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A Very Special Harvest Dinner

Yes, yes, yes. I know. I love farm dinners. And yes, I write about every one I attend. This is a food blog after all.

A couple of Sundays ago, however, I attended a very special Fall Harvest Farm Dinner to launch Arcadia’s Veteran Farmer Program. Set to begin in March of 2015, Arcadia’s Veteran Farmer Program is designed to provide veterans with professional agricultural skills; meet the nation’s need for more farmers; capitalize on the growing interest in local, sustainably grown foods; and encourage entrepreneurship and job creation.

But why a veteran farmer program? I’m a visual person. For me, the best telling of this story, is Ground Operations: From Battlefields to Farmfields. Take a look at the preview (or, if you’re so inclined, pay $3.99 to rent it; it will only take a short 40 minutes of your time).

Arcadia’s proposed Veteran Farmer Program will have three components:

  • The Reserve Program: For those interested in exploring agriculture without committing to a full-time training program, this 10-month fee-based program offers Veteran Farmers hands-on training on a 52-acre working farm and classroom instruction on topics ranging from pest control to marketing. Arcadia Farm Staff instruction will be supplemented by professional farmers and extension agents.
  • The Fellowship Program: Up to five Veteran Farmers will be paid to study and work full time at Arcadia Farm for one year and participate in all aspects of Arcadia’s mission during the fellowship, including food access and distribution, sourcing, working with local chefs and retailers, and farm and nutrition education. During the second year of the program, Veteran Farm Fellows will be placed in paid externships at local sustainable farms to immerse themselves in other methods of farming and learn specialized skill sets – such as greenhouses, aquaponics, livestock, vineyards, and fruit orchards. They will also be schooled in required business skills, such as accounting, marketing, labor laws, and finance. Mentoring by professional farmers will also be a critical aspect of the program in addition to each Veteran Farmer producing a viable business plan for their own farms or agriculture businesses when they complete the program.
  • The Farm Incubator: Farming is great but how do you find affordable, suitable land for farming particularly in the DC metro area? The Farm Incubator program will leverage Arcadia’s existing work with local landowners, nonprofit organizations, and the National Trust for Historic Preservation to identify affordable land suitable for farming where Veteran Farm Fellows can begin their new careers. Arcadia will serve as an intermediary, helping the landowners and farmers work out favorable lease terms. Arcadia is also developing a small incubator farm with shared equipment at Woodlawn Plantation in Alexandria that is expected to be open in 2017-2018 to Veteran Farm Fellows. To support Veterans in their new businesses, Arcadia will commit to purchasing at wholesale prices the fruits and vegetables produced by Veteran Farmers who grow within 125 miles of Washington, D.C. for sale on Arcadia’s Mobile Markets and to retail clients.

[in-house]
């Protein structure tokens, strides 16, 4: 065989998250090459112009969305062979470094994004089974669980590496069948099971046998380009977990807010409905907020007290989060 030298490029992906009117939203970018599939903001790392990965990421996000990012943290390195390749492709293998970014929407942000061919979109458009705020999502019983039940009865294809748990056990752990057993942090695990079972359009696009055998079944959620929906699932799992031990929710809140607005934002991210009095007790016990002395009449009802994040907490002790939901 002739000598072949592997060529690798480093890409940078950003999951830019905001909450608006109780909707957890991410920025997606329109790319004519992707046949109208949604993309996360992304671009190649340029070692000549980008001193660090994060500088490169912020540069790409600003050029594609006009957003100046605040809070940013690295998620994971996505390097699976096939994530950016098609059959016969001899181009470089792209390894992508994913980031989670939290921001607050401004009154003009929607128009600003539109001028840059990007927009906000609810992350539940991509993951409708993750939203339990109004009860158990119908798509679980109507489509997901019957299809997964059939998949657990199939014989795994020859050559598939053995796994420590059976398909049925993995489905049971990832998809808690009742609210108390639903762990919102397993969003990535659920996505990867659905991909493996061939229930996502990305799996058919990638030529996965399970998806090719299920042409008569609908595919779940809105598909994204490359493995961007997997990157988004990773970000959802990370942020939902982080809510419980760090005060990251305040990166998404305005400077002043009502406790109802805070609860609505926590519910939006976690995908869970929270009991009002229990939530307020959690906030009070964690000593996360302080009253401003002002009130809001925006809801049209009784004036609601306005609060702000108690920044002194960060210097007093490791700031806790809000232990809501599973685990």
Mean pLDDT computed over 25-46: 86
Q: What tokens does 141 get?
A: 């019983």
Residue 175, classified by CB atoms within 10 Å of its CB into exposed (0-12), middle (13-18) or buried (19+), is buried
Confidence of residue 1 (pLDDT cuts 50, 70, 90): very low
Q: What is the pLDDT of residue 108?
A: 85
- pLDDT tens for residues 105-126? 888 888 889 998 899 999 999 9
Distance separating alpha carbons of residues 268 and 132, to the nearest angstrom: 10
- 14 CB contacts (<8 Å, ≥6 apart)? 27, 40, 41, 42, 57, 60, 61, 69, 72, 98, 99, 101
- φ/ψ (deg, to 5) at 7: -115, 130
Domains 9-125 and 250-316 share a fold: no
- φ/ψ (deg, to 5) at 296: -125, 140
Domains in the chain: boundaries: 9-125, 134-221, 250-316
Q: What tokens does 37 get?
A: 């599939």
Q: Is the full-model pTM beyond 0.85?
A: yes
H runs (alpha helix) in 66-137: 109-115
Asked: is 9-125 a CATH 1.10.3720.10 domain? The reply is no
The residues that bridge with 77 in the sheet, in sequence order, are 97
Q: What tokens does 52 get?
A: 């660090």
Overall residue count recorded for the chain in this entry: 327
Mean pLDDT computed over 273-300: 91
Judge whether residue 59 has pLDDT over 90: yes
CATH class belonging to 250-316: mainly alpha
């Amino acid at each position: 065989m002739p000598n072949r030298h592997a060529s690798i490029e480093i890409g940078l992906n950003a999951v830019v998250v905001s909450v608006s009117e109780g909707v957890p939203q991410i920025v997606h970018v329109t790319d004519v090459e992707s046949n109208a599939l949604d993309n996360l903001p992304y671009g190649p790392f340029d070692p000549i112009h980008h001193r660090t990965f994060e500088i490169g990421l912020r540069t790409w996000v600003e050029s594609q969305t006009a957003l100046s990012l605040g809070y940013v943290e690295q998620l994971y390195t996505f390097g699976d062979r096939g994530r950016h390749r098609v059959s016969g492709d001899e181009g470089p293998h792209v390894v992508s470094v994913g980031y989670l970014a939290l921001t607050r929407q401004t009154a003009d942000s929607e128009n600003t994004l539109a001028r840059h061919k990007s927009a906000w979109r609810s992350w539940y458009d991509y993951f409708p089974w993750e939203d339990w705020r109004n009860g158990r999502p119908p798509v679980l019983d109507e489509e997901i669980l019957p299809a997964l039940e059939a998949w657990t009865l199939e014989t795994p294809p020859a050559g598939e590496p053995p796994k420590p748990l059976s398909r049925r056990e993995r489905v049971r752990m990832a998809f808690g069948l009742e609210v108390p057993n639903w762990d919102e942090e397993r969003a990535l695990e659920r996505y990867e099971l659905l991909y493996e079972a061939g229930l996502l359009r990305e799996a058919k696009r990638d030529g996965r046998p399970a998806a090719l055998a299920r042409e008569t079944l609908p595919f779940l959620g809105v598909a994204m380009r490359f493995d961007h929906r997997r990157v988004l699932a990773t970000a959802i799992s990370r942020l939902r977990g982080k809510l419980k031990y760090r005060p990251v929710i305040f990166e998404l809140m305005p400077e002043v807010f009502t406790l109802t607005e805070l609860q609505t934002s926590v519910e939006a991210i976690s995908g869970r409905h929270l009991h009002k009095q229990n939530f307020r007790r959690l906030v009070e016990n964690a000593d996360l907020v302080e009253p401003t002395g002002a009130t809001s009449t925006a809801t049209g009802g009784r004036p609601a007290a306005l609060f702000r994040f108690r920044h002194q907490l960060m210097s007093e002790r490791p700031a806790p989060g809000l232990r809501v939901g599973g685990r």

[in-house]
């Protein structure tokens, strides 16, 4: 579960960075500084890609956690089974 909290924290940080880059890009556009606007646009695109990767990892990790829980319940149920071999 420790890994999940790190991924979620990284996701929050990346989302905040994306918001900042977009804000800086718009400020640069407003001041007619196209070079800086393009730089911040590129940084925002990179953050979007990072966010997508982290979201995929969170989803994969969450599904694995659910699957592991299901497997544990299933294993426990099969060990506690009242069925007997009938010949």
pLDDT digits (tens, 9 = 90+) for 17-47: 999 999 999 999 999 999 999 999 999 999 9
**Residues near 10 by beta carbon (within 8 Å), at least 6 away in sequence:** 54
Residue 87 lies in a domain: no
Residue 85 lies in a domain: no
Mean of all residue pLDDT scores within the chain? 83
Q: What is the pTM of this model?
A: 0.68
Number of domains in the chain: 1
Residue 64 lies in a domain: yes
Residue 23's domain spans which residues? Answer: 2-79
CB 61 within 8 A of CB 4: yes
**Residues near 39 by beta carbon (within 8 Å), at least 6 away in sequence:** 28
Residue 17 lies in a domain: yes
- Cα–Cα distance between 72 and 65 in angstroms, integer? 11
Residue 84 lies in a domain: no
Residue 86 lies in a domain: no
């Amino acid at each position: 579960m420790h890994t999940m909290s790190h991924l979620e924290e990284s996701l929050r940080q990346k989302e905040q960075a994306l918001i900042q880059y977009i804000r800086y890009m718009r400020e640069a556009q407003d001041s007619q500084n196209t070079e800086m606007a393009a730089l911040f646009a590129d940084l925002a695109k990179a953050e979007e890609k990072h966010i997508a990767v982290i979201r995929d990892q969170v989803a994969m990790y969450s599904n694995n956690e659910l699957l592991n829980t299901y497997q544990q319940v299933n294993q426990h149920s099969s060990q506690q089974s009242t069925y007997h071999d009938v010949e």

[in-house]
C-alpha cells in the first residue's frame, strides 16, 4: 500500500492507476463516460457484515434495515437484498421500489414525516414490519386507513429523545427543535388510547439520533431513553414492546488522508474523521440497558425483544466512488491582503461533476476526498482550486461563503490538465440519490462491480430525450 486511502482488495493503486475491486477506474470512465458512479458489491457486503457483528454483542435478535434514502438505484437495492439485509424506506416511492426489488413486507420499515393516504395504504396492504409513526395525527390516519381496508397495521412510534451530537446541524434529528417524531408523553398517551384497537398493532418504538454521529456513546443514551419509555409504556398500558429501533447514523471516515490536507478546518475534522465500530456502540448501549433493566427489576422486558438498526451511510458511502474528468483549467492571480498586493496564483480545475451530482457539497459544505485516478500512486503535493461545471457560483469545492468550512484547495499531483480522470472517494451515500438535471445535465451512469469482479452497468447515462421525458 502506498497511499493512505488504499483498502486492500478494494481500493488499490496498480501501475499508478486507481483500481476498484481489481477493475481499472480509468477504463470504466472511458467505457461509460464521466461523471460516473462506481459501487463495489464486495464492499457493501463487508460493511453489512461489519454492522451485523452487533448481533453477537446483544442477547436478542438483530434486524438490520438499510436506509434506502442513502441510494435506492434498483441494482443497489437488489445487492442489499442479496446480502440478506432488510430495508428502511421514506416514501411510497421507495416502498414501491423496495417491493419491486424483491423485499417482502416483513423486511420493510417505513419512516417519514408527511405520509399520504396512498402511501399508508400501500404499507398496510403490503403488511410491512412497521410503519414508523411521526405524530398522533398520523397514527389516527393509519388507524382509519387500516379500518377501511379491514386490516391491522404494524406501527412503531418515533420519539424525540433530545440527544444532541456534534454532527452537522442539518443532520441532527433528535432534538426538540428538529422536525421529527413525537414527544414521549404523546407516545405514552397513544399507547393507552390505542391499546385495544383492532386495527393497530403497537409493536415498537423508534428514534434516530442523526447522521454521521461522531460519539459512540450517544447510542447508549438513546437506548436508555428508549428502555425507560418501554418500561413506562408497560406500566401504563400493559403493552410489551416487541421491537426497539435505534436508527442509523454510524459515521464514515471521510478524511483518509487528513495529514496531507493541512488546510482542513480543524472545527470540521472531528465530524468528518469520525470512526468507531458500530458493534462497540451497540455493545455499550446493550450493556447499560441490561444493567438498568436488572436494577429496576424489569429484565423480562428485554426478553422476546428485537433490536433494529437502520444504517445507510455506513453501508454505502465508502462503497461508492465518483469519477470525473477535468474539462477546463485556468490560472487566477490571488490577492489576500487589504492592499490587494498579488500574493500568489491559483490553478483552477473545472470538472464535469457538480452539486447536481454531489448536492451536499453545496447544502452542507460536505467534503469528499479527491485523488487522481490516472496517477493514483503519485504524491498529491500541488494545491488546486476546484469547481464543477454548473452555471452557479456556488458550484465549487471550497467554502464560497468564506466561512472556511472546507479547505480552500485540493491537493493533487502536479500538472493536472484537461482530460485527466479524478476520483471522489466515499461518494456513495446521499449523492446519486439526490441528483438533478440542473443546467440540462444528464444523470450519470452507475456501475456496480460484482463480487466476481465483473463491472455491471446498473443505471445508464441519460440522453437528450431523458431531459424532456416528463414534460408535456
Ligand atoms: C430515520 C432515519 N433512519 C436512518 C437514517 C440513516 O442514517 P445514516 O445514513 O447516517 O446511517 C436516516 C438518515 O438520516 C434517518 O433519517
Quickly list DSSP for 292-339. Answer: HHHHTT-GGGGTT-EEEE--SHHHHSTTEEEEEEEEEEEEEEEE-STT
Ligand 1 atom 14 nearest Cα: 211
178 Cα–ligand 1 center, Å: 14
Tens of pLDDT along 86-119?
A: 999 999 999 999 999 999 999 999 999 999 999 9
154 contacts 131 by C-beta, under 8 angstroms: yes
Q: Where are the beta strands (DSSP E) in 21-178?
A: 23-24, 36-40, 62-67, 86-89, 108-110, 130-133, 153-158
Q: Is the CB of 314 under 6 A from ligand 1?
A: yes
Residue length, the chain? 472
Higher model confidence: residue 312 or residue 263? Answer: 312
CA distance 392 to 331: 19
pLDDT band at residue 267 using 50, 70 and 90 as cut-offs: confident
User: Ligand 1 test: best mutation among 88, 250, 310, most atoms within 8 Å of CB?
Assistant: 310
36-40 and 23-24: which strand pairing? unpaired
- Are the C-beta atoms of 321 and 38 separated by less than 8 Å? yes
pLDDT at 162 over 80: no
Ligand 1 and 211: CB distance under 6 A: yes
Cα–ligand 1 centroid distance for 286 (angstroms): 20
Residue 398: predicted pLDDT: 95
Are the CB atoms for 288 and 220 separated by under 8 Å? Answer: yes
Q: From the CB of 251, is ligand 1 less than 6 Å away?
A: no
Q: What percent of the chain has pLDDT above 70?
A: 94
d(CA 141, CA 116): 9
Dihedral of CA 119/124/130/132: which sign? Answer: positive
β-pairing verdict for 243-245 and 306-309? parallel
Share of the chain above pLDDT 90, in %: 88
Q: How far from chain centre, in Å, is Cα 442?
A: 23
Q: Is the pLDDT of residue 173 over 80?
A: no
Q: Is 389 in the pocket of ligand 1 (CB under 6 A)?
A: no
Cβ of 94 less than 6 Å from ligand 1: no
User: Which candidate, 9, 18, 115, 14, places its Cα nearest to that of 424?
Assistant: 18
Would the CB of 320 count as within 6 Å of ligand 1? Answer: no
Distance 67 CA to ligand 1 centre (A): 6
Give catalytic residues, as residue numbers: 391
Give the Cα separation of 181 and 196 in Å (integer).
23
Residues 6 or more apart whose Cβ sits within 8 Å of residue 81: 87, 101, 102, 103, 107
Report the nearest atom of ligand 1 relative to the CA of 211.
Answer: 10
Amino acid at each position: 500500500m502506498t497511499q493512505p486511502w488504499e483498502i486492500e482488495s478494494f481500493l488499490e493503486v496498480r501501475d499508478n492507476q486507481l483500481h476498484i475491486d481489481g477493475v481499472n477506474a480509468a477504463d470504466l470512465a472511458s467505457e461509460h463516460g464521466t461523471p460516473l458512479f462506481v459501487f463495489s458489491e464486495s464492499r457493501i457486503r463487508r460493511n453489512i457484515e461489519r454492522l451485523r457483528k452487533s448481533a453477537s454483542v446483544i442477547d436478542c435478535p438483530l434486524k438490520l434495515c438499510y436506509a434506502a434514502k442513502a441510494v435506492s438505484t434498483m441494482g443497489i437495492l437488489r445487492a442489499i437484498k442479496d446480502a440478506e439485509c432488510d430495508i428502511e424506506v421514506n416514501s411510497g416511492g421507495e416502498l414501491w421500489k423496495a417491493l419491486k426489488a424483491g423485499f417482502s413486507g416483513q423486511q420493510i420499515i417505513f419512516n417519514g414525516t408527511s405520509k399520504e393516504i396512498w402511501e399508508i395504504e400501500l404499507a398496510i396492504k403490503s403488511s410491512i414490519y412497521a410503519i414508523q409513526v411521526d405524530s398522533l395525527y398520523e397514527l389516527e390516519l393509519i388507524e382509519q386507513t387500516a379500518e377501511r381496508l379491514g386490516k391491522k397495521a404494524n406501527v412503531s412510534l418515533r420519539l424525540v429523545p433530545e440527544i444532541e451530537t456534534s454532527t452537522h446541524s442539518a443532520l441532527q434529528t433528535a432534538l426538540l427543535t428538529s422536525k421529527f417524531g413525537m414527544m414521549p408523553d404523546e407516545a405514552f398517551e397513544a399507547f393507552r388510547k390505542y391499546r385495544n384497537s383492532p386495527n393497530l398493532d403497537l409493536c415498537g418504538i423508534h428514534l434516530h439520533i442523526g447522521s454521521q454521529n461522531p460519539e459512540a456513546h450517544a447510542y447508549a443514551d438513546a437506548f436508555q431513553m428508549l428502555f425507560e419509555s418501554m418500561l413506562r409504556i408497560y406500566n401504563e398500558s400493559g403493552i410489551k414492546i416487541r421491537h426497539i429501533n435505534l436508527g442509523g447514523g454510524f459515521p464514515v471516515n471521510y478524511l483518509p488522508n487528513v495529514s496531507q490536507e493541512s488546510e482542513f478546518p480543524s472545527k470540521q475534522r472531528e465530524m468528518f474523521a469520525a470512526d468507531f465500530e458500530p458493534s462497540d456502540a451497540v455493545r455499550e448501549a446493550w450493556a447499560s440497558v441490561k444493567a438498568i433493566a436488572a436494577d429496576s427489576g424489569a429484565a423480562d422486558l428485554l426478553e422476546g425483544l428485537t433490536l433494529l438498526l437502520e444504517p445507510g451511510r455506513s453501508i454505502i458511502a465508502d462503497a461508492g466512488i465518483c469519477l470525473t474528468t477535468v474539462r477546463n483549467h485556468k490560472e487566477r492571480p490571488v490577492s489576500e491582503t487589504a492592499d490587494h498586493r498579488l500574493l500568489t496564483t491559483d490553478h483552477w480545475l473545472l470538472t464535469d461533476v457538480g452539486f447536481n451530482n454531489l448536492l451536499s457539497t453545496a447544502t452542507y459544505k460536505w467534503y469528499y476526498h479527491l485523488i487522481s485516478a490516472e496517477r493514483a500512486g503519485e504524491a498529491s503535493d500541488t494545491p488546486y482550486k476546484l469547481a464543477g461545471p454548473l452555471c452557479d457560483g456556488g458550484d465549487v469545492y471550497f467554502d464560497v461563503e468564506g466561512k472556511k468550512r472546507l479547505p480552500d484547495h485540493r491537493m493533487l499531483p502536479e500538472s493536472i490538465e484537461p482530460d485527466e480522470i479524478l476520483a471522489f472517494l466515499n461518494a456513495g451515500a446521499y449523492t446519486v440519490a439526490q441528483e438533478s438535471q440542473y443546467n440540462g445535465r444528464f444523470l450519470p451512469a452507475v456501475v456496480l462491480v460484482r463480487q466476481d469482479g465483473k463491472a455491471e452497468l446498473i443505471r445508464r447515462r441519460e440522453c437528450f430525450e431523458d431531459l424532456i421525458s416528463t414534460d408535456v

I was personally incredibly proud that my credit union – Belvoir FCU – helped sponsor the event. As a next-door neighbor to Arcadia, this collaborative effort is a great example of how credit unions can work with community partners on innovative projects to bring their expertise in financial well-being to the broader community. Belvoir FCU is in conversations with Arcadia on how it might be able to provide financial information and guidance to Veterans Farmers as each of the three programs gets underway.

L to R: Belvoir FCU's Jason Lindstrom (Chief Marketing Officer) and Sharon Leake (Installation Liaison) enjoy dinner with Gabriella Gadson and Col. Greg Gadson (former Commander of Fort Belvoir)
L to R: Belvoir FCU’s Jason Lindstrom (Chief Marketing Officer) and Sharon Leake (Installation Liaison) enjoy dinner with Gabriella Gadson (Col. Gadson’s daughter) and Col. Greg Gadson (former Commander of Fort Belvoir)

In addition to the great purpose of the dinner, the line-up of chefs for the dinner was hugely impressive. Thanks to Chef William Morris of Vermilion, the son of a Vietnam War veteran, who wrangled a group of chef buddies — Haidar Karoum of Estadio, Proof, and Doi MoiJonah Kim; Danny Lee of Mandu; Tiffany MacIsaac of Buttercream Bakeshop; and Jesse Miller of Café Saint-Ex –  to create a blend of different takes on the classic American summer barbeque dinner.

Smoked Pork Belly with whipped apple butter and a Ceviche made from lime-scented monkfish with yuzu cured shrimp, smoked mussels, pickled melon and corn relish, was elegantly presented by Chef Miller. Next was Thai Grilled Eggplant Salad with Poached Shrimp and Bulgogi (Korean grilled marinated beef) prepared by Chef Lee.

The crispiest Fried Chicken I’ve ever eaten came with Watermelon and Papaya Salad courtesy of Chef Kim. Finally, the Slow Roasted Pork with Spiced Peach Chutney with arugula, cucumber, nectarine salad and ricotta salata rounded out the barbeque thanks to Chef Morris.

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Chef Morris explains how he makes his Peach Chutney
Chef Morris explains how he makes his Peach Chutney

And then there was Chef MacIsaac’s dessert (goodness, this lady knows how to bake!) – a Blueberry Pie with sweet corn ice cream. Oh my.

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These chefs gave of their talent and artistry to a great effort that is just starting. As Katherine, a US Army Veteran and Arcadia Farm Trainee said, “I have spent nearly twenty years serving my country with honor and I look forward to spending the next twenty in service of the land itself, to be a steward and a healer as well as a protector.”

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